Tenet Is the Cinematic Equivalent of Play and Rewind Moving at the Same Time

The highly anticipated movie finally arrives on HBO Go, but is its time-bending concept lost on the small screens of the streaming format?

“There’s a Cold War. Cold as ice,” Victor tells the Protagonist on a boat after the latter wakes up from a medically induced coma intended to fool the world that he’d died. “To even know its true nature is to lose. This is knowledge divided. All I have for you is a gesture,” and Victor (Martin Donovan) puts his hands together like a secret gang sign for bros, “in combination with a word. Tenet.”

That about sums up Christopher Nolan’s 11th and arguably most ambitious feature film. To attempt to know its true nature is a losing proposition and the best way to understand the story is by parsing bits of information in digestible chunks. Ambitious might be the wrong word to use for Nolan, whose fascination with time as a concept is something he’s strived to translate into cinematic terms ever since 2000s’ Memento. Non-linear storytelling has propelled several great cinematic works but the visual concept is the same: Everything moves forward.

Photo by HBO Go.

As a director, Nolan wanted to translate the passage of time in a visual, visceral sense the same way John Gaeta and the Wachowskis froze it with Bullet Time in 1999 with The Matrix. In Tenet, Nolan employs what the film calls inversion, objects and people moving backward in time while the rest of the world continues to plod forward. It’s a visual that threatens to break the mind that is used to translating the passage of time linearly. When Nolan pits two characters together in a chronally disjointed fistfight, with one moving forward and the other moving backward, it’s both wonderful and confusing at the same time.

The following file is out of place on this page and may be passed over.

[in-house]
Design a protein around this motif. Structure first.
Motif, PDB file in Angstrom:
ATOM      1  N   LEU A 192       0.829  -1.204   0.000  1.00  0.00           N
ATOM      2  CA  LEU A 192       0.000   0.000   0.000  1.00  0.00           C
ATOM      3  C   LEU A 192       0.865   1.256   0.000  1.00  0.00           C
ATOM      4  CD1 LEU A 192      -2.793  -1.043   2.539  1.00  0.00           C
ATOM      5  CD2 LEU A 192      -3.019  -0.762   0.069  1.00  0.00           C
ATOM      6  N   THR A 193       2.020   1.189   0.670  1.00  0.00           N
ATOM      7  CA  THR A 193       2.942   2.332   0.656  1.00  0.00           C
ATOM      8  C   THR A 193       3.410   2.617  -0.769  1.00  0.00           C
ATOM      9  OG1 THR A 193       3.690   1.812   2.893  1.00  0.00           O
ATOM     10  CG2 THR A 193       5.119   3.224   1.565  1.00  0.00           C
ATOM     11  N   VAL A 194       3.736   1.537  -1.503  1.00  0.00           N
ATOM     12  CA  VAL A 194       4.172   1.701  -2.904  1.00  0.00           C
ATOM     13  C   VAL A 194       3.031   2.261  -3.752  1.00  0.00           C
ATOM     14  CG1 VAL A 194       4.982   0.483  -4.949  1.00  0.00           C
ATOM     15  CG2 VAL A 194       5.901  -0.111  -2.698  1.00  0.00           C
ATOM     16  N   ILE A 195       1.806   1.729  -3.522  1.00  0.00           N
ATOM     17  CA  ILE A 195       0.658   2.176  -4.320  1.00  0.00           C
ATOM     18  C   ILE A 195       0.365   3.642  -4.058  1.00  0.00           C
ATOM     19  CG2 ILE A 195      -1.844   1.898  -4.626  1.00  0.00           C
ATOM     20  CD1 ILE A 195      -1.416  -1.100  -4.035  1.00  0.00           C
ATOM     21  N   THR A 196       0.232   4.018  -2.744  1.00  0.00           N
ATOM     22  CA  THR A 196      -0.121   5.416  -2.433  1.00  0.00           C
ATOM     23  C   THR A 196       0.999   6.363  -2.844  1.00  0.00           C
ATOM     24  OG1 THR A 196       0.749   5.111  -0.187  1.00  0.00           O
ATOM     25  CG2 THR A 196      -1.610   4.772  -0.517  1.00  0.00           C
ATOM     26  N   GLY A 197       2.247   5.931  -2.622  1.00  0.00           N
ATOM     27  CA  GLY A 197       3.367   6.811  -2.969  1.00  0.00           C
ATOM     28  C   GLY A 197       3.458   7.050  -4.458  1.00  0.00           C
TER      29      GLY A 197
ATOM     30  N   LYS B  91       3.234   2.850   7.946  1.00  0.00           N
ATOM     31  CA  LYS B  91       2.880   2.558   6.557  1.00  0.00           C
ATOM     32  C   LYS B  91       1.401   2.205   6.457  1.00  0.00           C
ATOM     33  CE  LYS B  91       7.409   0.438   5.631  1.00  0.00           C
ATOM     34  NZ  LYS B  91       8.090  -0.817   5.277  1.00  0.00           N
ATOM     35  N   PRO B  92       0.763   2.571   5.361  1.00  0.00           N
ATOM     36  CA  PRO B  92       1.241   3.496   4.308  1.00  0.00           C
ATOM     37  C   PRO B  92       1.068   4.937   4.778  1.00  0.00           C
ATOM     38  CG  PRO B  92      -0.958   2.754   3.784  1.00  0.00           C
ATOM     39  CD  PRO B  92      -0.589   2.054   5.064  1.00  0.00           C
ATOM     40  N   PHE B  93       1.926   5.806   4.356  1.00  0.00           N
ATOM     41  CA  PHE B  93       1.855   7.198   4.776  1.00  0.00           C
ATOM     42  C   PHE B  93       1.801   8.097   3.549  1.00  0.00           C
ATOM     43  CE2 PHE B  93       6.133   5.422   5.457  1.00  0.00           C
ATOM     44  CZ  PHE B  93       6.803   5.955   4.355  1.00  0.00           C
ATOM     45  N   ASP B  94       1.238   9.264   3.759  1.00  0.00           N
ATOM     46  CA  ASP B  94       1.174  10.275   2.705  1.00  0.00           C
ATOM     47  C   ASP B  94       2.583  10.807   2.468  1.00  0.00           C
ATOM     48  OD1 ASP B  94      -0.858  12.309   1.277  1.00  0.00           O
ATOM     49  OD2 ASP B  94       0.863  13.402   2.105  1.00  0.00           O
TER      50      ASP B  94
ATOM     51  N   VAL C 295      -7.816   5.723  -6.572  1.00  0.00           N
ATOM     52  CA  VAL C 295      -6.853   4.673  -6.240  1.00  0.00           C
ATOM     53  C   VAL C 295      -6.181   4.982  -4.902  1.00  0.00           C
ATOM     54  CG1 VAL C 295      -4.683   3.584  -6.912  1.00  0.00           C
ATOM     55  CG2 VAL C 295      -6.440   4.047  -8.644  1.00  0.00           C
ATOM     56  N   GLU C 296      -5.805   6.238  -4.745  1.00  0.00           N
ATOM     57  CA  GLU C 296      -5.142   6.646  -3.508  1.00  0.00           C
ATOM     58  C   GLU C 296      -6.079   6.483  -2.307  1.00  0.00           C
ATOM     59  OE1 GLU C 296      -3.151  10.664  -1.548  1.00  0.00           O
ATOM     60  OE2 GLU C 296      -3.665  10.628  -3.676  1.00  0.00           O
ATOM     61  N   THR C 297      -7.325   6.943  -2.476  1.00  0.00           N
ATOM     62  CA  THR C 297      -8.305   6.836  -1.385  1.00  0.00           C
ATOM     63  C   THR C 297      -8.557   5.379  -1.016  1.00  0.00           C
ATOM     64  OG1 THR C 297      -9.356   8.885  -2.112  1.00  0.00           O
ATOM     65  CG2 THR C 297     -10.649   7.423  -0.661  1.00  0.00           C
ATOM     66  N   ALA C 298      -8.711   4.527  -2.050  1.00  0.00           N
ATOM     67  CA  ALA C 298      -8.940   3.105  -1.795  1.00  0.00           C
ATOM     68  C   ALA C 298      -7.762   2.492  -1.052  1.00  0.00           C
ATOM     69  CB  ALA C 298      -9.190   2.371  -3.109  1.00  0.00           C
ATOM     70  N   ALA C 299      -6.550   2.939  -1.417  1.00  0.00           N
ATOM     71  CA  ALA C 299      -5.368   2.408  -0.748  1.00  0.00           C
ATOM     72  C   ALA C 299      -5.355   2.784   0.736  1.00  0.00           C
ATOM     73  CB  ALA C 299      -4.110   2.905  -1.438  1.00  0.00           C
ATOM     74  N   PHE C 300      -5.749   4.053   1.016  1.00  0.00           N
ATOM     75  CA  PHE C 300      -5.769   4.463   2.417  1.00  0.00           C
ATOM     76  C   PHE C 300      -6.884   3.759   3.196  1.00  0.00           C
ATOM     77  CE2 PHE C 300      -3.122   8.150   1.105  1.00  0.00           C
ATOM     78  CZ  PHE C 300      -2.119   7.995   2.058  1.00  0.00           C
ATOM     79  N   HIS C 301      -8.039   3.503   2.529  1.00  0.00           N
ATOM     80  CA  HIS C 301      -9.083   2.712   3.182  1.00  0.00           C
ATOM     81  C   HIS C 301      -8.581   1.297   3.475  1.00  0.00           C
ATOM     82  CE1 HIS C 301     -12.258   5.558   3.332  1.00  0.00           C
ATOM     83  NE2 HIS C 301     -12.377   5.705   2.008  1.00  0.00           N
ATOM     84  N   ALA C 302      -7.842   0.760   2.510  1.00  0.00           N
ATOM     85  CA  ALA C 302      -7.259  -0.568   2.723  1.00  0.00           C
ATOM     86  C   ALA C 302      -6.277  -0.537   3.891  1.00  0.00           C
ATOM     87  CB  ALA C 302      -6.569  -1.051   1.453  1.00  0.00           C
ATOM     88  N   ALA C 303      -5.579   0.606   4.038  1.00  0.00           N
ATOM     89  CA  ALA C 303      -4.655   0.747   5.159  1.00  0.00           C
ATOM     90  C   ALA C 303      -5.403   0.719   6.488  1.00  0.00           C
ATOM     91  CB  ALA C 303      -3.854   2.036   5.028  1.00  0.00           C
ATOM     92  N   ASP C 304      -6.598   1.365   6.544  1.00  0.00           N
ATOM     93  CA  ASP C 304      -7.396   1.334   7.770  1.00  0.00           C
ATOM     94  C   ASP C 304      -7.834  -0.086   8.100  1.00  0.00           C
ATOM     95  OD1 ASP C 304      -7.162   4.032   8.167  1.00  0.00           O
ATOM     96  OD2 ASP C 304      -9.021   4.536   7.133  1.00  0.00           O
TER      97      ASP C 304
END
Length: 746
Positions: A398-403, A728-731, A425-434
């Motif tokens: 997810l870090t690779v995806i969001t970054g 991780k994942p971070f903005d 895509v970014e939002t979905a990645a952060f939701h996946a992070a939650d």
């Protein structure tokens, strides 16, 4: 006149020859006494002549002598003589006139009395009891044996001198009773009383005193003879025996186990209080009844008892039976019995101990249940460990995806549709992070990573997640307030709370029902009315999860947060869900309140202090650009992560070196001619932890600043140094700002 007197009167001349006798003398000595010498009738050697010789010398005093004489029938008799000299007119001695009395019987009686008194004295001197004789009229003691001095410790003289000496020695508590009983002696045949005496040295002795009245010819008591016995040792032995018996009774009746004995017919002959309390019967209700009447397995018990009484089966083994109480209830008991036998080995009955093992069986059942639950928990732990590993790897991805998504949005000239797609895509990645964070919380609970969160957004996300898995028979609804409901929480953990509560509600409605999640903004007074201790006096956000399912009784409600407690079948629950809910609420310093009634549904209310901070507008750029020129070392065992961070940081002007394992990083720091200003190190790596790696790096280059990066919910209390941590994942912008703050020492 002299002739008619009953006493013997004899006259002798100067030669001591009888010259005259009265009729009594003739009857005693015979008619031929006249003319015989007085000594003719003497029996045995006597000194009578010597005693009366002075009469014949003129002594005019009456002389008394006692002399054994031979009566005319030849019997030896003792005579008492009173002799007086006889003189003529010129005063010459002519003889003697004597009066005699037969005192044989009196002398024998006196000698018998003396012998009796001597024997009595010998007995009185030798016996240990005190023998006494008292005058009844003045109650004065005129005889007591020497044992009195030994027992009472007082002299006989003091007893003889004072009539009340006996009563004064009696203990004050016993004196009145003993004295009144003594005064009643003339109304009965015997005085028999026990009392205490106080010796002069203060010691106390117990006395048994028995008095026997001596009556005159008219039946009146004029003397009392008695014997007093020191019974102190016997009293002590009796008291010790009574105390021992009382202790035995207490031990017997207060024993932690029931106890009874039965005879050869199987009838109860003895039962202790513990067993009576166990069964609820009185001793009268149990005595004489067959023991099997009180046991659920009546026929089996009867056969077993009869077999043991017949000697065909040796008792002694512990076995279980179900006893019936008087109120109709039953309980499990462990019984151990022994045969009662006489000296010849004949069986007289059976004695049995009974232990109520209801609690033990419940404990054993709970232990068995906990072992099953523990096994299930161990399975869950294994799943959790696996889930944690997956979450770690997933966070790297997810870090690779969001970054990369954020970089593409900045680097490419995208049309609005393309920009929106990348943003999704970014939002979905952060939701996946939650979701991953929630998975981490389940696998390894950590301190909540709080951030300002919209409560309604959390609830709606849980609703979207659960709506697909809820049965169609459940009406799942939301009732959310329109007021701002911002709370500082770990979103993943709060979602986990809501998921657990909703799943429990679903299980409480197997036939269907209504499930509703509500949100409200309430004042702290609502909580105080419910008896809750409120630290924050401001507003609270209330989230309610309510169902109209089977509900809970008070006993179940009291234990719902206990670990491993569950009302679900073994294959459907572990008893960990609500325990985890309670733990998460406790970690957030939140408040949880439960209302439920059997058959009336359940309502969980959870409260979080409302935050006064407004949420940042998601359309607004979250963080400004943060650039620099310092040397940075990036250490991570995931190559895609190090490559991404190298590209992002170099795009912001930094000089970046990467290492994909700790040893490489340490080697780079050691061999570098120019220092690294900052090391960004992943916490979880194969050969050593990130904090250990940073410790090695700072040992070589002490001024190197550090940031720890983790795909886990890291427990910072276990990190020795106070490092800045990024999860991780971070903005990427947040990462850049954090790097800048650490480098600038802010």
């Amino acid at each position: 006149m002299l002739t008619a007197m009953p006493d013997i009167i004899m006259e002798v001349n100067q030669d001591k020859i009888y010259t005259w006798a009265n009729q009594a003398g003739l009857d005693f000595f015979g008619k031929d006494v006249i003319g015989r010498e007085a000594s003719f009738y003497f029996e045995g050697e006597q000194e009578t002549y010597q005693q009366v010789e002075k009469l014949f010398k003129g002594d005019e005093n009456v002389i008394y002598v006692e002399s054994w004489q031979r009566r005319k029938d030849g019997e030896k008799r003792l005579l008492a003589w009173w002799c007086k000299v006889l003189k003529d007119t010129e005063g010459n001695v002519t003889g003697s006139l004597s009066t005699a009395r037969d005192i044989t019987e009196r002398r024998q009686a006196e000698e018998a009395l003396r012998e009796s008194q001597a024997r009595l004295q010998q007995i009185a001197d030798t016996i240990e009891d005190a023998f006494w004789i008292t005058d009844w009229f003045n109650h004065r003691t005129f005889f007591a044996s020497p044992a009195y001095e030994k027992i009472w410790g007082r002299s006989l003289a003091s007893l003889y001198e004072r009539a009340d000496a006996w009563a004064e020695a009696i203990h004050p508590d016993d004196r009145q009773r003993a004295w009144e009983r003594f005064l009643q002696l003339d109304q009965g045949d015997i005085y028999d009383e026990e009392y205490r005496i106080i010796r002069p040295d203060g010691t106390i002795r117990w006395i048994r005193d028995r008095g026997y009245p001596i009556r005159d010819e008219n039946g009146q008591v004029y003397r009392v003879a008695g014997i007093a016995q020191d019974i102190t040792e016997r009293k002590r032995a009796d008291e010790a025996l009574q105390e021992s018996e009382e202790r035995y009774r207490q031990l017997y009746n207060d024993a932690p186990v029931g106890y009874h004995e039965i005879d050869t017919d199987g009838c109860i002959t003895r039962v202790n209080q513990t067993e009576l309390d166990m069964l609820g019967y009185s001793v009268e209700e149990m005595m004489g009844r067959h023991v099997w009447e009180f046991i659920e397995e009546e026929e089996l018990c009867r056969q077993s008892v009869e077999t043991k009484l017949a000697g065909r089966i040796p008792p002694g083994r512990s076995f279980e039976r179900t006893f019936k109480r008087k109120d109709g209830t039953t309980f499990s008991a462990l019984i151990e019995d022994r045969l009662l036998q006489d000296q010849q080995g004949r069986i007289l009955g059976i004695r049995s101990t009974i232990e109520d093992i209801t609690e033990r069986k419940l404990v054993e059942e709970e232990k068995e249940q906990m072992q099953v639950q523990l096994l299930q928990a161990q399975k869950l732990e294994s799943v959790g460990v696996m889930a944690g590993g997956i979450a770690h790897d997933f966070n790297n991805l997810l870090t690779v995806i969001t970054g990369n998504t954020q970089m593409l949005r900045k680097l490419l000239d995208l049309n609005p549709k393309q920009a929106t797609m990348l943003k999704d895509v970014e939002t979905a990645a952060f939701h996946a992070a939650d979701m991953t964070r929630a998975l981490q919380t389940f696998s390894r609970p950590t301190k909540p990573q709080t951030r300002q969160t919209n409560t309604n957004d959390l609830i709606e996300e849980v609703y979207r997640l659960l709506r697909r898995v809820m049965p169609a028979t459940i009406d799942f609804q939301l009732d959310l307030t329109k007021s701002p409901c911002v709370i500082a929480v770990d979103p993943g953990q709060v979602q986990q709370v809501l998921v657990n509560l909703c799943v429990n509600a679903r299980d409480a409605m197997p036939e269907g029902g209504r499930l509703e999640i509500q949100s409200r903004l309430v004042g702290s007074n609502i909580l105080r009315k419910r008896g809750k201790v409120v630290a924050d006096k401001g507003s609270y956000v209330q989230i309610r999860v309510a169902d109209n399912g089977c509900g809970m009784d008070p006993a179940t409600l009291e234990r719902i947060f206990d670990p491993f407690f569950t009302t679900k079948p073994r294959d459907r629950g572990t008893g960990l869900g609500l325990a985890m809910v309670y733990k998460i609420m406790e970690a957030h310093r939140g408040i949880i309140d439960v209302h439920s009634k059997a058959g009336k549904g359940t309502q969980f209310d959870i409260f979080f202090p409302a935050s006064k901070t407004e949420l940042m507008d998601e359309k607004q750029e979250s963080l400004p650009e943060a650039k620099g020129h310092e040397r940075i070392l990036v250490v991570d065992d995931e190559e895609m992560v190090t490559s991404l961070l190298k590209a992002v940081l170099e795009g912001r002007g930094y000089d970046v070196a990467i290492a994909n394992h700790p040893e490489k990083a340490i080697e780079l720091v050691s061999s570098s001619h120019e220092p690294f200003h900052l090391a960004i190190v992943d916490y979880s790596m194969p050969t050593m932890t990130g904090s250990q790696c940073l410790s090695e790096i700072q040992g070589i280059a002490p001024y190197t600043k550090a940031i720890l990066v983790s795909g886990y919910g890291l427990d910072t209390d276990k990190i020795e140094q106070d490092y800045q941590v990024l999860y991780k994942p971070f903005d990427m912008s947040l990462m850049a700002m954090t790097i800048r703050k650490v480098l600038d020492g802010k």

Essentially, Nolan built an entire film based on the central visual premise of having people and objects move forward and in reverse in the same frame. That’s it. Nolan didn’t even bother to give lead actor John David Washington a proper name -he’s just called The Protagonist. Tenet just wants people to see what happens when you press the play and rewind button at the same time. It’s a masturbatory directorial exercise to show that he could do what no one else had done. For the most part, I loathe directorial masturbation like Quentin Tarantino’s Once Upon a Time in Hollywood. But Nolan’s exercise in stretching the limits of filmmaking is less about self-indulgence and more about creating spectacle. It’s not just forgivable, it’s commendable. 

Photo by HBO Go.
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Nolan shot Tenet on 65mm film and IMAX. The director never intended for the film to be viewed in small scale. With the film’s theatrical release pushed back thrice because of the pandemic, Tenet became the first Hollywood tentpole film to get a theatrical release after the long shutdown. In the Philippines, where cinemas are closed indefinitely, HBO Go is the only legit way to see the film. This would drive Nolan crazy. Nolan doesn’t do anything small and the rest of the world watching it on tiny phone screens and television sets defeats the purpose.